But to Paul Geidel, a retired fire lieutenant from Staten Island who lost his son Gary, 44, also a firefighter, on 9/11, Fresh Kills will always be an unacceptable place for a memorial.

    Recovery workers never found the remains of Mr. Geidel's son or some 1,200 other victims. He says he feels that the fine dust on mound 1/9 contains the only remains he will ever have, and he wants them in a proper place where he can pray for his son.

    "It just turns my stomach that he would be left in a garbage dump," he said.

    Staten Island residents have generally applauded Mr. Corner's vision of a future without the stench and the seagulls of the dump. They have urged quicker action on new roads and athletic fields but stopped short of commenting on the memorial, preferring to leave that to the families.

    Although Councilman Michael E. McMahon of Staten Island said he, too, wanted to see families' wishes respected, he feels it would be "just impossible to remove everything from the site."

    He said many of the objections to leaving the fines in place came from Mrs. Horning and others who live outside Staten Island. "They have misconceptions of what the area looks like now," he said.

    But Mrs. Horning said she knew exactly what it was like on top of the mound, where workers found her son's wallet and identification card - and no other remains. She visits about every six weeks, but being there provides no tranquility.

    Although officials told her that only clean fill was covering the fines, she and other members of her group have seen, and photographed, plastic bottles, old shoes and chunks of steel lying on the ground.

    Every day, more than 300 dump trucks crawl up the spine of the mound to unload the construction debris that will form a permanent cap over the area where material from ground zero was sifted. But so far, the trucks have skirted the plateau where the fines are buried.

    Mrs. Horning said she feared that the city might quietly begin the process of permanently capping that portion of the mound, too, making it nearly impossible to ever move the fines that she believes contain her son's remains.

    That is why she will continue to make the long trip to 1/9 as often as she can. "I go not because I find it peaceful, or because I can connect with my son there," she said. "I go as a watchdog."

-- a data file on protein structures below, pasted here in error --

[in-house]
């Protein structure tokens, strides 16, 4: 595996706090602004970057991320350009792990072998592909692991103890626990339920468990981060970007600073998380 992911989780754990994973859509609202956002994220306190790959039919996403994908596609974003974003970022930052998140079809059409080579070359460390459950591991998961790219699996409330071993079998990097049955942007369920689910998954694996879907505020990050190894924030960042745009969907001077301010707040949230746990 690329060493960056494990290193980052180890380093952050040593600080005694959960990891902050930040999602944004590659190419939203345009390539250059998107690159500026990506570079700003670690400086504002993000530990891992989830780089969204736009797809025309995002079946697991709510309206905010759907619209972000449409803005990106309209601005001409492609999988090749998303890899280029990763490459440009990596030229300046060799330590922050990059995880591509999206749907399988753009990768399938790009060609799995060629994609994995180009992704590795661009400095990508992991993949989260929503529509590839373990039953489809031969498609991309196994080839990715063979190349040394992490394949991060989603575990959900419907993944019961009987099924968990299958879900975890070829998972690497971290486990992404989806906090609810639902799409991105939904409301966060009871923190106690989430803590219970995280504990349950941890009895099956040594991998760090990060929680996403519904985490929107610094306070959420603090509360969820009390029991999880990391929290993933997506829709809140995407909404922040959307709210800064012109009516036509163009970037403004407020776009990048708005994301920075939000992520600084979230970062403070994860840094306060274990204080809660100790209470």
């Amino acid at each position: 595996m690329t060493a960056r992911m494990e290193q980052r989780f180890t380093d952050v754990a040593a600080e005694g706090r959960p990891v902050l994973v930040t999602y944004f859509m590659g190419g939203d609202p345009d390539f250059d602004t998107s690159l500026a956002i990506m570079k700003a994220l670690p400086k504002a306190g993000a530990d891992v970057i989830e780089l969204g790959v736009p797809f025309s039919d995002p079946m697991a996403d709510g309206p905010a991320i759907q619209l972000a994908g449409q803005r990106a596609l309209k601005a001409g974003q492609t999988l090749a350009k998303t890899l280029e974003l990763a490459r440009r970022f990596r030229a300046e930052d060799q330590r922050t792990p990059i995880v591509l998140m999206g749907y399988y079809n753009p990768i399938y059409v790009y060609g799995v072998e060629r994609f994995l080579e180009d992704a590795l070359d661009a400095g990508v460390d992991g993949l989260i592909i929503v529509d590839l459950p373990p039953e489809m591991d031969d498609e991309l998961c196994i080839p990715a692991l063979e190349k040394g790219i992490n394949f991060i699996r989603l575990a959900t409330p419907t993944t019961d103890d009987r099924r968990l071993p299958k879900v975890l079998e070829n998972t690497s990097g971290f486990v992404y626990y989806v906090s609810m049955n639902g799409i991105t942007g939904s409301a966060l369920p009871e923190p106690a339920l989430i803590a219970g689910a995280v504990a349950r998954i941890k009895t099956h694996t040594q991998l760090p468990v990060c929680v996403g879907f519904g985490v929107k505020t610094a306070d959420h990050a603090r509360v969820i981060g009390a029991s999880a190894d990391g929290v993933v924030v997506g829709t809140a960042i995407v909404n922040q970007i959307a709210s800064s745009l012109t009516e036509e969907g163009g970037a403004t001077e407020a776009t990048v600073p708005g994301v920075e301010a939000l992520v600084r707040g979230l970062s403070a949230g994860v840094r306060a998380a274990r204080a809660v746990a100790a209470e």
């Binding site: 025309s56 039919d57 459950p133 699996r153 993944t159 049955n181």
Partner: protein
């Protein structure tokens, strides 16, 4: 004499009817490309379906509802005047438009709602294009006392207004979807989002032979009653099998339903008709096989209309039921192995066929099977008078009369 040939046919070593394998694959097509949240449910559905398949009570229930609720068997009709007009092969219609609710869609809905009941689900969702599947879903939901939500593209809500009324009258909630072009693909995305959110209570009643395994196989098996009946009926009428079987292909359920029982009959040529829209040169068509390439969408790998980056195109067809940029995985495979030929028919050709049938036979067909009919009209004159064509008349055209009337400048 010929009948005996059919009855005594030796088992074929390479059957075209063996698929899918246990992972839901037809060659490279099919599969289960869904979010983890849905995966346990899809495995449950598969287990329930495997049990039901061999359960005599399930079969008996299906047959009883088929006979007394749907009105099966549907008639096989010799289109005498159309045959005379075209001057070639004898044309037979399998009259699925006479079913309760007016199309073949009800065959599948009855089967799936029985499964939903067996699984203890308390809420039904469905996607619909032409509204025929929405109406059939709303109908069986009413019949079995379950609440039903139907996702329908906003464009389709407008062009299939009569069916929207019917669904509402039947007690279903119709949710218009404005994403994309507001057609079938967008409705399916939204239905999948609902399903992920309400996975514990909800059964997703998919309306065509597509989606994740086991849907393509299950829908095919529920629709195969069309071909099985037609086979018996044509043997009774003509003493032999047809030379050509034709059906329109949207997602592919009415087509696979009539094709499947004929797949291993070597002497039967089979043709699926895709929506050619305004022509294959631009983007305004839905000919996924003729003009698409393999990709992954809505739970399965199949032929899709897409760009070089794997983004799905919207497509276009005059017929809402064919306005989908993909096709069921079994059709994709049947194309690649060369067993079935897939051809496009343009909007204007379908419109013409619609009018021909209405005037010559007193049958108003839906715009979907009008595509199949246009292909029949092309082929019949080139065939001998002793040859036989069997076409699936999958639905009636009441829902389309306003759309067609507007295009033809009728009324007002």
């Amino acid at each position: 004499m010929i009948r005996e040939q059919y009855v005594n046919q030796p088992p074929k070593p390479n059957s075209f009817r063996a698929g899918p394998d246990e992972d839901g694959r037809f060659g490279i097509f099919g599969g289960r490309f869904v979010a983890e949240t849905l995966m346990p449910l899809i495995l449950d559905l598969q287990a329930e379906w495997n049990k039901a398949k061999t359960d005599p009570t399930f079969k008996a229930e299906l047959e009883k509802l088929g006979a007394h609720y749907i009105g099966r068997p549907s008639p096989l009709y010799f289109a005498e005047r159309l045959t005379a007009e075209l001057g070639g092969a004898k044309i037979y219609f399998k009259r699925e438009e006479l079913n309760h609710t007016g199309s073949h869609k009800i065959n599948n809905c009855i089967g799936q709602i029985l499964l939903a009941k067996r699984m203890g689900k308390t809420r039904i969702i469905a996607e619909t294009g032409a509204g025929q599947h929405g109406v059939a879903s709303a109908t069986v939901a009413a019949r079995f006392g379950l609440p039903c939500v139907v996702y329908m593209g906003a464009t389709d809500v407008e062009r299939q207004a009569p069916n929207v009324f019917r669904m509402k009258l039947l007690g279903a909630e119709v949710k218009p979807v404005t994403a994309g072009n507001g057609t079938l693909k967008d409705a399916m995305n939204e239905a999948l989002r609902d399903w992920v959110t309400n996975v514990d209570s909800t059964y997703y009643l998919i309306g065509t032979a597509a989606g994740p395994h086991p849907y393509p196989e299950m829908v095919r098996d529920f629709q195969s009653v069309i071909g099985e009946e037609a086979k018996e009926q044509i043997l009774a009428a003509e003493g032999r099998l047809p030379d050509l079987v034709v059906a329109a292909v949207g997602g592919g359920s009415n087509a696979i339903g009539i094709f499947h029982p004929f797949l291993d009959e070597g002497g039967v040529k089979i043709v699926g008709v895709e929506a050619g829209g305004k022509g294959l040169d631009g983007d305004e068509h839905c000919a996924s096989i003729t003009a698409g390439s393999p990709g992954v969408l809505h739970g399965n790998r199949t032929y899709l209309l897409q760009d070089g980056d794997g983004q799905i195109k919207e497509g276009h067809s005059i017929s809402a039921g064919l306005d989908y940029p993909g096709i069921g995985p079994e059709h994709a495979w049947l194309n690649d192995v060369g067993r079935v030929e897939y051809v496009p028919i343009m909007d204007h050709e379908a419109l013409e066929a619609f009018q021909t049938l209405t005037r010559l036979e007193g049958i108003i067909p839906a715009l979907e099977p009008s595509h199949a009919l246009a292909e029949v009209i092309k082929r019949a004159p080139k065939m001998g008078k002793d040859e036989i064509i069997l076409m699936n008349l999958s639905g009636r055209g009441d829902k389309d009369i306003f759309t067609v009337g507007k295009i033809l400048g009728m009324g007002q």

Copyright 2004 The New York Times Company

  5. #5
    Forum Veteran
    Join Date
    Jan 2003
    Garden City, LI


    I'm sorry, but does anyone else think this is getting out of hand? Why not bronze the dump trucks that brought the debris there and put it on top of the FT?

  6. #6
    Forum Veteran
    Join Date
    Jan 2002
    West Harlem


    Not about the subject but I just had to point this out:

    There plan actually calls for two areas where Sept. 11 would be memorialized.
    Son of an English teacher.

    As for the landfill, I guess it would be best if the park was developed around that site and the place stay unchanged for debate.

  7. #7


    Proper English and keeping right except to pass are rapidly becoming lost skills.

    No comment on the landfill.

  8. #8


    February 24, 2005


    From Ruin and Artifice, Landscapes Reborn


    At Fresh Kills, James Corner, a landscape architect, envisions crop fields and walking trails.

    HE name Frederick Law Olmsted, the landscape architect who built Central Park when Fifth Avenue was no more than a dirt road, is often on the lips of landscape architects these days.

    Trained as a civil engineer, Olmsted had no qualms about moving tons of rock and soil to build the artificial hills and streams in the fake wilderness that he knew urban dwellers would hunger for, long after the real forest was cut down.

    Now his heirs stand on rooftops, parking garages and old dumps recalling not his pastoral landscapes, but his vision: that a great park will bring development and economic prosperity. And that it takes time.

    "Fresh Kills will be three times as big as Central Park," James Corner, a landscape architect, said last week, standing on one of the highly engineered mounds of capped garbage at that former landfill, which sprawls over 2,200 acres on Staten Island. Mr. Corner's firm, Field Operations, is designing and building the park.

    It took 53 years to build these mountains of garbage. It will take at least 30 years to build up the thin soil that covers them, enrich its sparse habitats and create the amenities - from meandering trails to ball fields and restaurants - to draw visitors.

    "Cities are clamoring for distinctive open space projects," Mr. Corner said. "Politicians are beginning to see that grand public projects, while they may have a high price tag, can yield real dividends in terms of a city's competitive edge."

    Fresh Kills is one of 23 landscapes featured in "Groundswell: Constructing the Contemporary Landscape," which opens tomorrow at the Museum of Modern Art. The exhibition, organized by Peter Reed, a curator in the department of architecture and design, documents a sea change in landscape architecture.

    No longer the handmaidens of architects, landscape architects are building huge parks, some on a 19th-century scale, on polluted industrial spaces like Duisburg-Nord, the former Thyssen Steelworks in the Ruhr district of Germany. Here, Peter Latz, a German designer, has embraced the old blast furnaces as monumental memories of the past. Rock climbers scale the ore bunkers, scuba divers swim in the old cooling pools, gardens and wild weeds bloom.

    In the exhibition catalog Mr. Reed acknowledges Gas Works Park, in Seattle, designed in the 1970's by Richard Haag, as the precedent for Duisburg-Nord and others. Seattle had hired Mr. Haag to draw up a master plan for the 20-acre park, assuming that the leftover gas plant would be razed. "The ground was very polluted," Mr. Haag recalled. "The buildings were boarded up, the place was fenced off. It was a desperate, desolate place."